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Review: pressurised metered dose inhalers are as effective as other hand held inhalers for delivering β2 agonist bronchodilators in stable asthma
  1. Lisa Cicutto, RN, ACNP, CAE, PhD
  1. Assistant Professor, Faculty of Nursing, University of Toronto Acute Care Nurse Practitioner-Respirology, Toronto Western Hospital, University Health Network Ontario Ministry of Health Career Scientist Toronto, Ontario, Canada

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QUESTION: In patients with stable asthma, is the standard chlorofluorocarbon containing pressurised metered dose inhaler (PMDI) as effective as other hand held inhaler devices, including chlorofluorocarbon-free PMDIs, for delivering short acting β2 agonist bronchodilators?

Data sources

Studies published from 1966 to December 2000 were identified by searching the Cochrane Airways Group trials database, Medline, EMBASE/Excerpta Medica, CINAHL, and 17 online respiratory websites. Bibliographies of relevant studies were reviewed, and pharmaceutical companies that manufacture inhaled asthma drug were contacted for further studies.

Study selection

Studies in any language were selected if they were laboratory, hospital, or community based randomised controlled trials of children or adults with stable asthma that compared delivery of short acting β2 agonist bronchodilators by standard PMDI (with or without a spacer device) with any other hand held inhaler. Trials comparing different doses of inhaled drugs and those that used challenge testing were also included.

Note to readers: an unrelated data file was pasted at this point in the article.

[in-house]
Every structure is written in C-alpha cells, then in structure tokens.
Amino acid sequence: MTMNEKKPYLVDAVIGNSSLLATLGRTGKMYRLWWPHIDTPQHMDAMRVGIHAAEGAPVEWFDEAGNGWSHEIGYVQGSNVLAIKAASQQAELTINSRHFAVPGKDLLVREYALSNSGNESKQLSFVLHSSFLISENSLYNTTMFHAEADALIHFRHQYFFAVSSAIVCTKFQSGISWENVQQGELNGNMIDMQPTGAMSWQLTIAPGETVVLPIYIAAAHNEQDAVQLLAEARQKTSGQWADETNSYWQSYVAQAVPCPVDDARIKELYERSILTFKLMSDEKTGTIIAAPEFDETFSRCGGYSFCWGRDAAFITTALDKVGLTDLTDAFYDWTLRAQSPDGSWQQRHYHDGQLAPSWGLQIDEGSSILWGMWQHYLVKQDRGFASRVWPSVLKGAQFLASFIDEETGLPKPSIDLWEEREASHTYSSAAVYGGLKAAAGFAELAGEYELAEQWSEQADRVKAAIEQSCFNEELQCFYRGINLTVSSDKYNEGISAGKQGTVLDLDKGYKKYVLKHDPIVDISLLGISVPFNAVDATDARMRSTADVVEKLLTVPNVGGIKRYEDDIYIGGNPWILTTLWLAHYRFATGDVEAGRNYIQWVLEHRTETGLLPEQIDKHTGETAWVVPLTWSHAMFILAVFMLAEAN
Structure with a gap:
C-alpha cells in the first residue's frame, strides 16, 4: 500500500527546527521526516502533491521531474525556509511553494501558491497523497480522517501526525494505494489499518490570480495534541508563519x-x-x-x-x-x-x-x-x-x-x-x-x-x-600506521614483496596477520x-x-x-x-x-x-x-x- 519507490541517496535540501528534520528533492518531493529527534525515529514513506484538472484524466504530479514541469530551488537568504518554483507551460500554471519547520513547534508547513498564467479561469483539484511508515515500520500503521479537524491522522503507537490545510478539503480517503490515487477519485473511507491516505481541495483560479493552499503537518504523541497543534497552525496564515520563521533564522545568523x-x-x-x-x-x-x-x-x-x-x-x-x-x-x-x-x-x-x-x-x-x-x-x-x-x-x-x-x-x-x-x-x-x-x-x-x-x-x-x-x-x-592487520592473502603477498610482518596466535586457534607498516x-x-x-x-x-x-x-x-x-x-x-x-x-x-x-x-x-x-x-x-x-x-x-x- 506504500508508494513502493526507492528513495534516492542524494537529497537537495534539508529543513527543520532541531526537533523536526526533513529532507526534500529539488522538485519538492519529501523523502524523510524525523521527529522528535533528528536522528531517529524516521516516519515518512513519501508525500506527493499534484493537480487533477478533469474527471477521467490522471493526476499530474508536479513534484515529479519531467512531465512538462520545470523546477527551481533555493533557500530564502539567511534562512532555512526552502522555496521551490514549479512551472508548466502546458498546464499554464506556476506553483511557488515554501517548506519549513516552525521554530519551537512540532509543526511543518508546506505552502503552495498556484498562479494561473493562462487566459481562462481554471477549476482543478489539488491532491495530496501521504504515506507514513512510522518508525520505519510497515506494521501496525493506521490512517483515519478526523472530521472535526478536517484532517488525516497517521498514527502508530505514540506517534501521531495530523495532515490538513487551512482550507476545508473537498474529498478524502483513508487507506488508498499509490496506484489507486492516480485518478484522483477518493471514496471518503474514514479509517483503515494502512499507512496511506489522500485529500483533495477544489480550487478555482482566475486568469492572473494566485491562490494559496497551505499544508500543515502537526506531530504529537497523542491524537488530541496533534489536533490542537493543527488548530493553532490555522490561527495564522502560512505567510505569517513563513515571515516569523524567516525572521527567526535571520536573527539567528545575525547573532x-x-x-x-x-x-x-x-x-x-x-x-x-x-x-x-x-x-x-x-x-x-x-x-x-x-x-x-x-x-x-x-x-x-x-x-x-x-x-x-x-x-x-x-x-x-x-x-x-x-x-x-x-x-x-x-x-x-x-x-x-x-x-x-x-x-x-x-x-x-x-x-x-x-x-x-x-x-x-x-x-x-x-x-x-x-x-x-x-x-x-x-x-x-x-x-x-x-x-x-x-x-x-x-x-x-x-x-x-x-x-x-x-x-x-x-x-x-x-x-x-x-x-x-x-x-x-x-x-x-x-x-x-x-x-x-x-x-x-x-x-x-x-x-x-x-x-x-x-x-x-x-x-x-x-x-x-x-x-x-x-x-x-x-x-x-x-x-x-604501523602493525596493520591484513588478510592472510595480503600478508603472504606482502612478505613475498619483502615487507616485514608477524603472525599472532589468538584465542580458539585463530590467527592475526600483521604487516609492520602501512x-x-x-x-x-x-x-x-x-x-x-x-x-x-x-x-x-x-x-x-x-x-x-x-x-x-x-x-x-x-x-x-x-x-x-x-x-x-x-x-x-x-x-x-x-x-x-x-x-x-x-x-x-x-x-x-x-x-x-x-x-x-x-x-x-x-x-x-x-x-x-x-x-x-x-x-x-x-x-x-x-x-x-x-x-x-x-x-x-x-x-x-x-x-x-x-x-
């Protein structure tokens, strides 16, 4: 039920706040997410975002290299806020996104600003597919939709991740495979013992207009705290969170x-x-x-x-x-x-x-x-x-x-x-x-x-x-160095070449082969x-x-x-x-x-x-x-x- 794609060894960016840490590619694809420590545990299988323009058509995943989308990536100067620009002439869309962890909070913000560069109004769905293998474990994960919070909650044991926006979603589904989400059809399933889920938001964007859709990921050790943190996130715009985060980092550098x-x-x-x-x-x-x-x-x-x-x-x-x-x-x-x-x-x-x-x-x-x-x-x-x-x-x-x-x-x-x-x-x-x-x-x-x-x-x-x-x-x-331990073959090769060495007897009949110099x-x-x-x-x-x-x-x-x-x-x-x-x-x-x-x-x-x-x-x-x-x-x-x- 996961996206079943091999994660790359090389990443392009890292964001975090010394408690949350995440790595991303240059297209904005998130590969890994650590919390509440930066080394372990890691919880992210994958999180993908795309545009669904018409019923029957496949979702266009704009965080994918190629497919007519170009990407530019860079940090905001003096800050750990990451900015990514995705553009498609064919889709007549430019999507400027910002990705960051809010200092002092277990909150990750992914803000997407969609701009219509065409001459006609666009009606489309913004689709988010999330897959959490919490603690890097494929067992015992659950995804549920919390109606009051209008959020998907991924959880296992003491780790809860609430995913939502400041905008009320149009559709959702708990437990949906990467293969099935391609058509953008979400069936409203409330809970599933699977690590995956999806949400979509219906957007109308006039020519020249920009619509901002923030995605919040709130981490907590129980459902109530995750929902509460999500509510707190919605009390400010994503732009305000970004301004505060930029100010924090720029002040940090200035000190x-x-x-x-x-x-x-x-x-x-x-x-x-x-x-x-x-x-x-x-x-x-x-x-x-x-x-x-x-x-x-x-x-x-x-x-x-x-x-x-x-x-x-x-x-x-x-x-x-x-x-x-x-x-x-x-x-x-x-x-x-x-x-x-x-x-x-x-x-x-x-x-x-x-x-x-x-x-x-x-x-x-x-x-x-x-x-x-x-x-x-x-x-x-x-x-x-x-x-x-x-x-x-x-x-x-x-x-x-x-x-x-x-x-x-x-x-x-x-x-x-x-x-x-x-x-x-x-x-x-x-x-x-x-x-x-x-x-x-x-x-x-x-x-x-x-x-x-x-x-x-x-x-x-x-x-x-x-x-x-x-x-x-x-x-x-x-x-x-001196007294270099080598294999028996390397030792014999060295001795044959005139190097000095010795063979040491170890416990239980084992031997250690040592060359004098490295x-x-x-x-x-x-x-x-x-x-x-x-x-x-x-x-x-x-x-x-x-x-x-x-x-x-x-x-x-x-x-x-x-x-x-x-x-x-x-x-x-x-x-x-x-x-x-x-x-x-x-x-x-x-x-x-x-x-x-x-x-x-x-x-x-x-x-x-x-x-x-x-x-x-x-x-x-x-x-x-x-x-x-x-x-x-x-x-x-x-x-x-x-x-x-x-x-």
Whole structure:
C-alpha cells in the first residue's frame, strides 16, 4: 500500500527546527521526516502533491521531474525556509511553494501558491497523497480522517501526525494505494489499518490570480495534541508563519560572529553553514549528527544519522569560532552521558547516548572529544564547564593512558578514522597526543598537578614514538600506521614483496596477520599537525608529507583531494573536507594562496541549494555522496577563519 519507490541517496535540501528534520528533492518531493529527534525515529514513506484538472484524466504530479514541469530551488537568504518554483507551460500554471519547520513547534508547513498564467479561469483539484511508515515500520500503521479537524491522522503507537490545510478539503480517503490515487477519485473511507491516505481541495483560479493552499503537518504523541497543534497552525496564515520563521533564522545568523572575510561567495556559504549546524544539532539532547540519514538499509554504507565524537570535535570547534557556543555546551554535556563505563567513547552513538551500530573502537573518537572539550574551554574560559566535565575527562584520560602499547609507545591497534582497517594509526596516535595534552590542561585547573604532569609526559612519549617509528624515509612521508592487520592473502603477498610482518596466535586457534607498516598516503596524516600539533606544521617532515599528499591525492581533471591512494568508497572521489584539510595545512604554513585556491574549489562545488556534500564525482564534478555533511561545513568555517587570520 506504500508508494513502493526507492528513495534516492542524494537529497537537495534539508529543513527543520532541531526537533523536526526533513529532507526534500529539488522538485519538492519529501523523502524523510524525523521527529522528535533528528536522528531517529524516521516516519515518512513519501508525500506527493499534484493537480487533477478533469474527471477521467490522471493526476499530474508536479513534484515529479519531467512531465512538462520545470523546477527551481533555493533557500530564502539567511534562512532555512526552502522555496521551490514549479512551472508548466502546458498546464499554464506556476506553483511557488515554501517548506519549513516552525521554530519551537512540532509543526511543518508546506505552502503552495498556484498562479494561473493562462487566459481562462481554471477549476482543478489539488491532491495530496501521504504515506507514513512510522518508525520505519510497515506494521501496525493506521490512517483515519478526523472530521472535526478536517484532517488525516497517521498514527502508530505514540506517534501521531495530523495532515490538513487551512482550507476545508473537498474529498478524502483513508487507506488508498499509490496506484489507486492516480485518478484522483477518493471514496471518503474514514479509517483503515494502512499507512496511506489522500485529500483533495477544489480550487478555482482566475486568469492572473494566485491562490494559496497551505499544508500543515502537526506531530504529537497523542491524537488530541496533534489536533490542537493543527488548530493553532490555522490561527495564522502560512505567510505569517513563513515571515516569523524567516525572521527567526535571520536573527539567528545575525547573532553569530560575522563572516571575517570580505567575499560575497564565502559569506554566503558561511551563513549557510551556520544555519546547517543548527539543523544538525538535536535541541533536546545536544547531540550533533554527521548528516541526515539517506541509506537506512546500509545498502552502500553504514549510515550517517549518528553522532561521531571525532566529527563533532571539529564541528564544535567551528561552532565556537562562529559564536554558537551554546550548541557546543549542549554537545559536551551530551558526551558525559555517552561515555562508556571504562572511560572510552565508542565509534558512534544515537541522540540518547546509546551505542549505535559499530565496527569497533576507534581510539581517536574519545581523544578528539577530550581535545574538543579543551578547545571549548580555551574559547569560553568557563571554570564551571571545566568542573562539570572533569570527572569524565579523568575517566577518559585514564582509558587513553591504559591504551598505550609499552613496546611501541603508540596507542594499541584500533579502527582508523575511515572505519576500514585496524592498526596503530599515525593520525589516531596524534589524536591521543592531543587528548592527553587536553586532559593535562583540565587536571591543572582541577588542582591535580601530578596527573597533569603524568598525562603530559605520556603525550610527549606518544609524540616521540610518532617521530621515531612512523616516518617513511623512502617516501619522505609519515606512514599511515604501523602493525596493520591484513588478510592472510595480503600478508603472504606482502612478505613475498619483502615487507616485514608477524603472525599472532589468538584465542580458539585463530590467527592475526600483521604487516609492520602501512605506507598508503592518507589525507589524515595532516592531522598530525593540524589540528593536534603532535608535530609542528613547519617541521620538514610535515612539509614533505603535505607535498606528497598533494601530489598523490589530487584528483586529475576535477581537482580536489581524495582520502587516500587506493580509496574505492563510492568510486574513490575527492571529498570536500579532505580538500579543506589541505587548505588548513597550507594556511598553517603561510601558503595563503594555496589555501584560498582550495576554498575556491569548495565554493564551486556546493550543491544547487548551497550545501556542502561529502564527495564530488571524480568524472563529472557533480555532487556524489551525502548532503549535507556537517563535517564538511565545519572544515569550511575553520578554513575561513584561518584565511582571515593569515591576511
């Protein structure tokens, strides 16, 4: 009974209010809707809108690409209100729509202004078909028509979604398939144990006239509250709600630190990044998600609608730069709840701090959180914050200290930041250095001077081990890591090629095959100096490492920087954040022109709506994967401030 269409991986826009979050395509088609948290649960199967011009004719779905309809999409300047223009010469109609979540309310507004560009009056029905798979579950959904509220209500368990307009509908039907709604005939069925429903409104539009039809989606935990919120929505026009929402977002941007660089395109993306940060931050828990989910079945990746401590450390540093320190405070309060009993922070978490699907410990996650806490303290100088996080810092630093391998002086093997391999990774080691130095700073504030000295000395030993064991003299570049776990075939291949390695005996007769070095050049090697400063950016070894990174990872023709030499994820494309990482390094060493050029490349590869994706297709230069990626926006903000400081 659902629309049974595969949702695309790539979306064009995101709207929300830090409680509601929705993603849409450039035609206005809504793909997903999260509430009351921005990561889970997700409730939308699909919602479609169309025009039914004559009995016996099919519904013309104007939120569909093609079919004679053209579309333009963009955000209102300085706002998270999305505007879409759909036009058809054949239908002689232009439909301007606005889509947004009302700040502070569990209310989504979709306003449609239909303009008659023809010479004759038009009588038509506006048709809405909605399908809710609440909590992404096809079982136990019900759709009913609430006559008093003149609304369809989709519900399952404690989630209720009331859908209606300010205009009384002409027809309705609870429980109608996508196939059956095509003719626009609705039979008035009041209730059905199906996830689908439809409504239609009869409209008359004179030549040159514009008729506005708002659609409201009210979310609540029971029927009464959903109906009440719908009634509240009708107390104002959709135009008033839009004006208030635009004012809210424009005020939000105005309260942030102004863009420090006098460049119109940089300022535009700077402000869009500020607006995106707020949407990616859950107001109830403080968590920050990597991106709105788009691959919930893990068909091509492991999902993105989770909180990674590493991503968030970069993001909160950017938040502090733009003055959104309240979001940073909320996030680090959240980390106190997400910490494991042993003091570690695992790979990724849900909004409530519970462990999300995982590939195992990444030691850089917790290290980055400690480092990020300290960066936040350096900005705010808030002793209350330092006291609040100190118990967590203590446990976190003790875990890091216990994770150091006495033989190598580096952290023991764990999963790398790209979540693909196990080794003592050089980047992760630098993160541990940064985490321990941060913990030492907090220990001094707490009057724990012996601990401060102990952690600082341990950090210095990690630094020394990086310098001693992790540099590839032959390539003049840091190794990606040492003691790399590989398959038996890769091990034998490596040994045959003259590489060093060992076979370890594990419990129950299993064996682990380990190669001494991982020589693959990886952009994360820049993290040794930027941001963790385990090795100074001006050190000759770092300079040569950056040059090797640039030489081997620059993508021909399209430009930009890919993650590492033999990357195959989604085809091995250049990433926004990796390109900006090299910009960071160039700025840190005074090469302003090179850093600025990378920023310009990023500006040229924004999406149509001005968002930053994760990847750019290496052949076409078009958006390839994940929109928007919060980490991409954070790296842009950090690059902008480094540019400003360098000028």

Data extraction

2 reviewers independently extracted data on study design, patient characteristics, details of the intervention, study duration, outcomes, and quality. Outcomes included lung function, quality of life measures, symptom scores, drugs for additional relief, steroid requirement, nocturnal awakening, acute exacerbation, days off work or school, treatment failure, patient compliance, patient preference, adverse effects, bronchial hyper-reactivity, and systemic bioavailability.

Main results

89 articles describing 84 studies met the selection criteria. 71 trials involved adults and 13 involved children. Most trials involved patients with mild to moderate asthma (baseline forced expiratory volume in 1 second [FEV1] >50% of predicted). Meta-analyses were done using a fixed effects model as long as statistical heterogeneity did not exist. In both adults and children, standard PMDIs did not differ from any of the other 10 hand held inhaler devices (Turbohaler, Diskhaler, hydrofluoroalkane PMDI, Rotahaler, Spiros, Easyhaler, multidose powder inhaler, Clickhaler, Gentlehaler, and Autohaler) for FEV1, forced vital capacity, peak expiratory flow rate, area under the curve for FEV1, blood pressure, symptoms, brochial hyper-reactivity, systemic bioavailability, inhaled steroid requirement, serum potassium concentration, or use of additional relief brochodilators.


In patients with stable asthma, the standard chlorofluorocarbon containing pressurised metered dose inhaler is as effective as other hand held inhalers, including chlorofluorocarbon free pressurised metered dose inhalers, for delivering short acting β2 agonist bronchodilators.